To provide you with an overview on New And existing technologies, hopefully helping you understand the changes in the technology. Together with the overviews we hope to bring topical issues to light from a series of independent reviewers saving you the time And hassle of fact finding over the web.
We will over time provide you with quality content which you can browse and subscribe to at your leisure.
AMD Radeon RX590
AMD has had a strong position in the premium mainstream graphics card market with the Radeon RX 480 (2016) and RX 580 (2017) GPUs. The duo uses what is known as the Polaris architecture to good effect, enabling high-quality PC gameplay at the popular FHD (1,920x1,080) and QHD (2,560x1,440) resolutions.
Ensuring that it remains competitive in the large-volume £200-£300 market favoured by the keen gamer, AMD is today unleashing the Radeon RX 590 GPU. Let's take a closer look at its specifications.
As you can see, the new RX 590 is built using the same Polaris architecture as the aforementioned GPUs. The key difference is that, for the first time, the RX 590 is manufactured on a leading-edge 12nm process node. That may not sound all that impressive, but the move to this smaller, more efficient geometry enables AMD to increase the core frequency, and consequently performance, of this GPU.
Drilling down, by harnessing the benefits of the 12nm node, which rival Nvidia is yet to adopt in the mainstream space, AMD is able to increase the peak core clock from 1,340MHz to 1,545MHz. All other meaningful performance parameters remain the same, so the likely benefit is going to be an extra 10 per cent frame rate in your favourite games.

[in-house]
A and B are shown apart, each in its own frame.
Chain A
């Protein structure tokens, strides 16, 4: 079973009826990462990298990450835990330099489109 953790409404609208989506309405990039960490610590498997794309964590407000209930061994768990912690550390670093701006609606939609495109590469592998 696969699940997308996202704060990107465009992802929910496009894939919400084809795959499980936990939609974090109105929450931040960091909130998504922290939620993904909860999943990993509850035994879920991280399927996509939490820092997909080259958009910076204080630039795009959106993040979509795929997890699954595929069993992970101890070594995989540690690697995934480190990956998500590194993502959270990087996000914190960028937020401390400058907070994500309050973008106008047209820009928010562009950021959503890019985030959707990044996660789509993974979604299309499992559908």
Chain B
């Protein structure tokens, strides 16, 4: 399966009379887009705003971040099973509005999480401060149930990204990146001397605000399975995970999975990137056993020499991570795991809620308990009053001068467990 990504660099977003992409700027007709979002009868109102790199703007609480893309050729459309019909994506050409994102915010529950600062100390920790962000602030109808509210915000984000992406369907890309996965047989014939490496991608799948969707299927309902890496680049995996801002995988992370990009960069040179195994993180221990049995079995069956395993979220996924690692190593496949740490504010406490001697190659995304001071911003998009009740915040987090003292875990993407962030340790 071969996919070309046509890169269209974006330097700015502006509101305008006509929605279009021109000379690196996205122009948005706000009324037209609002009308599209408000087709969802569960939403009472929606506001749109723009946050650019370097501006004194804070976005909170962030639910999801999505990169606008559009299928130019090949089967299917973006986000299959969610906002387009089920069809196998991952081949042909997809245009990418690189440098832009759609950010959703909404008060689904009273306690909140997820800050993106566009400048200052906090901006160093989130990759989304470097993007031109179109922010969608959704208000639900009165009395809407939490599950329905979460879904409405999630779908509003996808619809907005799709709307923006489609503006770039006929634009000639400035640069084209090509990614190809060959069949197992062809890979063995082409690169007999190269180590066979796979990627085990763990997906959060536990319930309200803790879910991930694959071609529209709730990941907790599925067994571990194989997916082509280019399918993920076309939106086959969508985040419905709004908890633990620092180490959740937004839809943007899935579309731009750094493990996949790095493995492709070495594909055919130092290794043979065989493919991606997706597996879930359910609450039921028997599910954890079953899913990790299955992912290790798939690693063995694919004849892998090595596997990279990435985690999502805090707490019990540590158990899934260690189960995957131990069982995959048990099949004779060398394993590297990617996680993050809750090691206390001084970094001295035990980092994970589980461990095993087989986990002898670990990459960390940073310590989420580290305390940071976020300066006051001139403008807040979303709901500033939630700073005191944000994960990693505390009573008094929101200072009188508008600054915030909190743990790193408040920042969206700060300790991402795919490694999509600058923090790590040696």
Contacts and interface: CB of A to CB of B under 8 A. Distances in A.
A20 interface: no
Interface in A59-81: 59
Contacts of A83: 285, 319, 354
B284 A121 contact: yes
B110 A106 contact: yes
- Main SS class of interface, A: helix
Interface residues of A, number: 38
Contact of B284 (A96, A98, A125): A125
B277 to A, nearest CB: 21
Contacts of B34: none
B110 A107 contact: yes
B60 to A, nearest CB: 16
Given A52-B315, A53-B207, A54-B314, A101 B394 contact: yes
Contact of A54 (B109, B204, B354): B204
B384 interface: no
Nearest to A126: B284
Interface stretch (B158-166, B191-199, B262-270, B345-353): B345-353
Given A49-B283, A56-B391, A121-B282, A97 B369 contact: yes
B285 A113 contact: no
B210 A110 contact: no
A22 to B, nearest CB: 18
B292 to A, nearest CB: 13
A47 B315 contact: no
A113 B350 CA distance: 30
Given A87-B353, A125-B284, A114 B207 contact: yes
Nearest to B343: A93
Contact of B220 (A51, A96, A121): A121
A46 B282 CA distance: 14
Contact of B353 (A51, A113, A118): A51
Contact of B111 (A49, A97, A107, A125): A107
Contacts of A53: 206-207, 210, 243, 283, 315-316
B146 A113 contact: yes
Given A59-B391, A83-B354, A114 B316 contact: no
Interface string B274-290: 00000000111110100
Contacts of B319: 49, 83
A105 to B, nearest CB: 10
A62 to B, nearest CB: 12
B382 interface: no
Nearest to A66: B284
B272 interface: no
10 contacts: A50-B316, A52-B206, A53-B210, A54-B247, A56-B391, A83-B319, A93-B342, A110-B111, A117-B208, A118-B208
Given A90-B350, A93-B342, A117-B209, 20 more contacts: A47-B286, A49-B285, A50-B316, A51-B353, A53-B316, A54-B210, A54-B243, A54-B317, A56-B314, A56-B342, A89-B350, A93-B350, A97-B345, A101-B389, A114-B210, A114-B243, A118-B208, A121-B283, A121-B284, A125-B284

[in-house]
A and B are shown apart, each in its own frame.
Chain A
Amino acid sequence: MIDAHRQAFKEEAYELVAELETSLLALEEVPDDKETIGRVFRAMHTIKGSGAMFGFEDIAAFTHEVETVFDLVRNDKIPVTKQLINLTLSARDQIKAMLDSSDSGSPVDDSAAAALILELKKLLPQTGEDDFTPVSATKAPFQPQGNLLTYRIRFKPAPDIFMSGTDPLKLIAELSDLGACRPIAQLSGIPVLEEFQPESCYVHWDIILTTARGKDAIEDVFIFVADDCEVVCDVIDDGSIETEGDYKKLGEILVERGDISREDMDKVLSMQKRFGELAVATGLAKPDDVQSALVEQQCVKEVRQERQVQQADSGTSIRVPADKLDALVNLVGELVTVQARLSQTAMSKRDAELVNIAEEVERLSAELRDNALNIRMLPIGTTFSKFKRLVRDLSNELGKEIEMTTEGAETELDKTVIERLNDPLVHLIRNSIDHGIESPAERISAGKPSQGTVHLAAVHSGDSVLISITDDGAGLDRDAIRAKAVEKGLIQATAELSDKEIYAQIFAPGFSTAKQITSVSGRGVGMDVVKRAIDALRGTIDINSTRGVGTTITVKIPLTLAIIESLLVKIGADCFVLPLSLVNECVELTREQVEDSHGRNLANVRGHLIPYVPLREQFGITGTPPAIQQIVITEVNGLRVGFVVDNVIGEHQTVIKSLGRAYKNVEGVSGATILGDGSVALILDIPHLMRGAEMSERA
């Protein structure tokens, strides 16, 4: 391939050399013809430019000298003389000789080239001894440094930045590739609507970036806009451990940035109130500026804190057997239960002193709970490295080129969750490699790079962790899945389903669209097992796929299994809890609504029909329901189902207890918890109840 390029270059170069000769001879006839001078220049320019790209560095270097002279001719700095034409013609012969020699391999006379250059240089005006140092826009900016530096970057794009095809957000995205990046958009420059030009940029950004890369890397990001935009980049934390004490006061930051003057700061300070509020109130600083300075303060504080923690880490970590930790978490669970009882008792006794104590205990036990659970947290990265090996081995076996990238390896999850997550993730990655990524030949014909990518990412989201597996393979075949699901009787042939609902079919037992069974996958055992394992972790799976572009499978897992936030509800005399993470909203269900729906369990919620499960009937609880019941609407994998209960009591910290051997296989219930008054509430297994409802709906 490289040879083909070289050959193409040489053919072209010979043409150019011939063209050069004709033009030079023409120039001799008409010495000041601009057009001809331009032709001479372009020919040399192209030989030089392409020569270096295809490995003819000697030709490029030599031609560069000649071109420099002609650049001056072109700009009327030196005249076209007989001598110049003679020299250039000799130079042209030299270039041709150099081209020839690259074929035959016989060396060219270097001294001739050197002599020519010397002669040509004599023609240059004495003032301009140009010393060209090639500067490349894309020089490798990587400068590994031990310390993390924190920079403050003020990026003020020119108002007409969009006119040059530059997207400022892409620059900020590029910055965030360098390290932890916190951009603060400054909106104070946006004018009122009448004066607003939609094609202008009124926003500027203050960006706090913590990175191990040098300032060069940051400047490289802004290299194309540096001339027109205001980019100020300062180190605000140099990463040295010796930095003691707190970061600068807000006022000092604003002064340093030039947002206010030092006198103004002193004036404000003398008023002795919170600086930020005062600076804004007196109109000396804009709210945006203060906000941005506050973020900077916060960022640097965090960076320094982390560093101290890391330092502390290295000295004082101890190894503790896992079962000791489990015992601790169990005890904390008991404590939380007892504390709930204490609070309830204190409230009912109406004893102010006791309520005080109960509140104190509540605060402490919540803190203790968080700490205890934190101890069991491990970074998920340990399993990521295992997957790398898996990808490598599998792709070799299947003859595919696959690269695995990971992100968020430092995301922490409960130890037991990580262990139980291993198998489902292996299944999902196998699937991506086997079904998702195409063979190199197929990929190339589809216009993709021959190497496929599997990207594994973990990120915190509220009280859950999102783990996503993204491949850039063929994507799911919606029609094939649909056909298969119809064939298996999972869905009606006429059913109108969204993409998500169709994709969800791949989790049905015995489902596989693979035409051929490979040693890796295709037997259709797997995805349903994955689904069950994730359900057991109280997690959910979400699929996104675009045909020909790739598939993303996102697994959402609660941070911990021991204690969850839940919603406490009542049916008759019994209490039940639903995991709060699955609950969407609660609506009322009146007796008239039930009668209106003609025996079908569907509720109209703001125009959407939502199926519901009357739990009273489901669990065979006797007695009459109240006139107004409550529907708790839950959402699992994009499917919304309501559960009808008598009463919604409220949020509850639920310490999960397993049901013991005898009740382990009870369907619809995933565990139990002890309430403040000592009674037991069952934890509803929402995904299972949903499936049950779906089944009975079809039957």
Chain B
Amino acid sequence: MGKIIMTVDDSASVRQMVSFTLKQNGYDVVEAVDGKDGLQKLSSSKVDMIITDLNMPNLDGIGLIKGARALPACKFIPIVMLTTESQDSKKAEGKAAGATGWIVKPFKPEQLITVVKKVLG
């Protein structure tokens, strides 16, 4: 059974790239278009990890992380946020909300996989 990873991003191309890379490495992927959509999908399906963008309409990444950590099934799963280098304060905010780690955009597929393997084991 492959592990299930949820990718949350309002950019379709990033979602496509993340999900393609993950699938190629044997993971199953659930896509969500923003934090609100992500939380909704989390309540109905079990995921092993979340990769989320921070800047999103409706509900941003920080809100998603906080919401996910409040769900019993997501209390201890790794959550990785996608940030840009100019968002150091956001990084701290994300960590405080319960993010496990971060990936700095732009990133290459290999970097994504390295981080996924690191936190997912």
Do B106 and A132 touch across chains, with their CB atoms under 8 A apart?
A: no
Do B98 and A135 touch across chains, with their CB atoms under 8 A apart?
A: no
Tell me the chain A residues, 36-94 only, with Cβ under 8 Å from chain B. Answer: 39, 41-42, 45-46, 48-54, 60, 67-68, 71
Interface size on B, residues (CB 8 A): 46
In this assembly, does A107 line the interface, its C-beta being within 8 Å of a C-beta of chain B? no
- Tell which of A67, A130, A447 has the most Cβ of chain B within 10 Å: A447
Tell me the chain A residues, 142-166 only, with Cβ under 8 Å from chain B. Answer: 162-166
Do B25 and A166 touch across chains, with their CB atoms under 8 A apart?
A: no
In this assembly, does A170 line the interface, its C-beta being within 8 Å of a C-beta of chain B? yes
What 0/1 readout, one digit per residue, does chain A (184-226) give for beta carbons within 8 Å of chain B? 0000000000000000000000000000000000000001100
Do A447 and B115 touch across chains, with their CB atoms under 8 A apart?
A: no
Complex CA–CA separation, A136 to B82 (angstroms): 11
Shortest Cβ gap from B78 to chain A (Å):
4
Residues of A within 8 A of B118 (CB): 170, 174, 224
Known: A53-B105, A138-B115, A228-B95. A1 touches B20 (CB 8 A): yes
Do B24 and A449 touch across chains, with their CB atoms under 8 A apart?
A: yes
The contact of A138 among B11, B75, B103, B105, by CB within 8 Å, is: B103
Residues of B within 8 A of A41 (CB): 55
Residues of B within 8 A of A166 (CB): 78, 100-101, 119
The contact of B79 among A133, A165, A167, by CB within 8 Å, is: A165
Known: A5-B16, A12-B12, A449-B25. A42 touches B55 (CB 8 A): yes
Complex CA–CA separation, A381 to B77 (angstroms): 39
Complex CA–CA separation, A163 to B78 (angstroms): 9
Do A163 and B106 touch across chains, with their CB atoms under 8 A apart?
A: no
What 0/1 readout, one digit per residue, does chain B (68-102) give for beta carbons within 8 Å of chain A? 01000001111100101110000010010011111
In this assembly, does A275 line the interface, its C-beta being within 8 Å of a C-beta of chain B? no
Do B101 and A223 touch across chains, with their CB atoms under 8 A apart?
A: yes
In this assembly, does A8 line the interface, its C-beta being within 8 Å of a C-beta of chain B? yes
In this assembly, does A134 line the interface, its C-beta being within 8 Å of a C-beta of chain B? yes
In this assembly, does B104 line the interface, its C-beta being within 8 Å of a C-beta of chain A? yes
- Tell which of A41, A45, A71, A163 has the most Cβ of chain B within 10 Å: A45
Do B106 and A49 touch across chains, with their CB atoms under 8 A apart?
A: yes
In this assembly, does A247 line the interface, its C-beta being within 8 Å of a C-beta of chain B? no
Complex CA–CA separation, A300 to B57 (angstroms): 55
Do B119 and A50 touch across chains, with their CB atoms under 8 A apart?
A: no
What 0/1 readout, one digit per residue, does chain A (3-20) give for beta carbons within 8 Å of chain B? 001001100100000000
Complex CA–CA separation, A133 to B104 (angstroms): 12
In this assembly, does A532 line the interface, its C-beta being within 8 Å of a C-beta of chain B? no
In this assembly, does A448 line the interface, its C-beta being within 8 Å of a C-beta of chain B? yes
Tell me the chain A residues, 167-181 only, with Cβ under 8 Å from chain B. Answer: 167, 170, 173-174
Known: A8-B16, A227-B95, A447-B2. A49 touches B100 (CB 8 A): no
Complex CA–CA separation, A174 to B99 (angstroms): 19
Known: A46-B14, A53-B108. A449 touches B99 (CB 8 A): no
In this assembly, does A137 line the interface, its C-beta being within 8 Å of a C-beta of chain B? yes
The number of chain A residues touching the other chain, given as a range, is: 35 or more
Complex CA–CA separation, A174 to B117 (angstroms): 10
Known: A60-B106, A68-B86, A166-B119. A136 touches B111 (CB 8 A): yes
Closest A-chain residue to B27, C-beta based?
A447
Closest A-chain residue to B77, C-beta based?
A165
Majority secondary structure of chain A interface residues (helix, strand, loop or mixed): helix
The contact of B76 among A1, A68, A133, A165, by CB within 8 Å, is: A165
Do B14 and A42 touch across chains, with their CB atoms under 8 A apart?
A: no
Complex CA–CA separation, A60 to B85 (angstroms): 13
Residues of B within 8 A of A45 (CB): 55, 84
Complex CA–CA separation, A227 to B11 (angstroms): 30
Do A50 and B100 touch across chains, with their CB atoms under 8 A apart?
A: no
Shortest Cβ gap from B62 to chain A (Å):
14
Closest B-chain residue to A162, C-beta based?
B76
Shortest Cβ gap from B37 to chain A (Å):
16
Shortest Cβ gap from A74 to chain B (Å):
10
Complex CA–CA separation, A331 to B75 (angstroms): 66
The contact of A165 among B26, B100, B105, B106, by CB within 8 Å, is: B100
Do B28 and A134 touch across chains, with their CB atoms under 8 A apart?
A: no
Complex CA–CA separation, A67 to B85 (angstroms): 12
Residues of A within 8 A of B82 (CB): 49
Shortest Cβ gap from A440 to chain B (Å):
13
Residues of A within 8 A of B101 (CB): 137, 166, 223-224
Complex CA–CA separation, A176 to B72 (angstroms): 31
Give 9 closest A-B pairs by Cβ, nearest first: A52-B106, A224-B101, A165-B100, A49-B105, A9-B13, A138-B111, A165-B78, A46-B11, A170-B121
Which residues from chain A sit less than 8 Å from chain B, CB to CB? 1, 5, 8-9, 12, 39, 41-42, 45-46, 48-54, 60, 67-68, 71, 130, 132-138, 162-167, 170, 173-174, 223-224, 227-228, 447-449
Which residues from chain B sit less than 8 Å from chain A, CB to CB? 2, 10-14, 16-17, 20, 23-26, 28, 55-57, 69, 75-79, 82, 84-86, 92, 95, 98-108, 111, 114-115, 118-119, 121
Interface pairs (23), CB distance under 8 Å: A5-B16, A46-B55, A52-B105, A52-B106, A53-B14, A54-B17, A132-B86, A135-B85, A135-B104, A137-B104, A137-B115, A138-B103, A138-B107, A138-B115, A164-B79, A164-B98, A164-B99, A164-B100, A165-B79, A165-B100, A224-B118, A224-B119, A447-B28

Such a performance move is genuinely advantageous for AMD and its partners because it enables the Radeon RX 590 GPU to outperform the rival and price-comparable GeForce GTX 1060 6GB in many leading titles.
For example, benchmarks from leading review sites show that in Far Cry 5 run at ultra-quality in-game settings and at a lovely QHD resolution, the RX 590 GPU is about 20 per cent faster than the GeForce GTX 1060 6GB, and that 20 per cent actually makes a real difference with respect to smooth gameplay. And for when it matters, especially at higher resolutions, the RX 590 has 8GB of graphics memory, compared to only 6GB for the GeForce GTX 1060.
In the very latest titles, such as the well-reviewed Shadow of the Tomb Raider, utilising all the latest graphics technology and looking stunning, the RX 590 is, again, 20 per cent quicker at an FHD resolution.
The Radeon RX 590 GPU is therefore a very competent performer in a wide range of games, and it is able to play the latest titles at either FHD or QHD resolutions, complete with the highest in-game image quality, without problems.
What's more, with AMD's FreeSync monitor ecosystem growing month by month, the ability to play such titles with no image tearing or juddering, ensures that not only does AMD provide excellent frame rates for super-slick performance, it also offers a premium games-playing experience.
Though not an evolutionary upgrade over the existing mainstream Radeon GPUs, the RX 590, priced at around £250, offers a compelling mix of performance and features. It is designed to meet the real needs of the gamers without breaking the bank.
A wide range of AMD partners are set to retail the RX 590 GPU, including Sapphire, PowerColor, XFX, Asus, MSI, and Gigabyte, so there's excellent choice with respect to cooling solutions, design, and features.
The key takeaway is that the AMD Radeon RX 590 graphics card is an excellent choice for gamers who want console-beating performance without incurring the ludicrous pricing of very high-end cards.
As usual, Scan Computers stock a range of AMD Radeon RX 590 based graphics cards. Head on over to here to peruse our selection.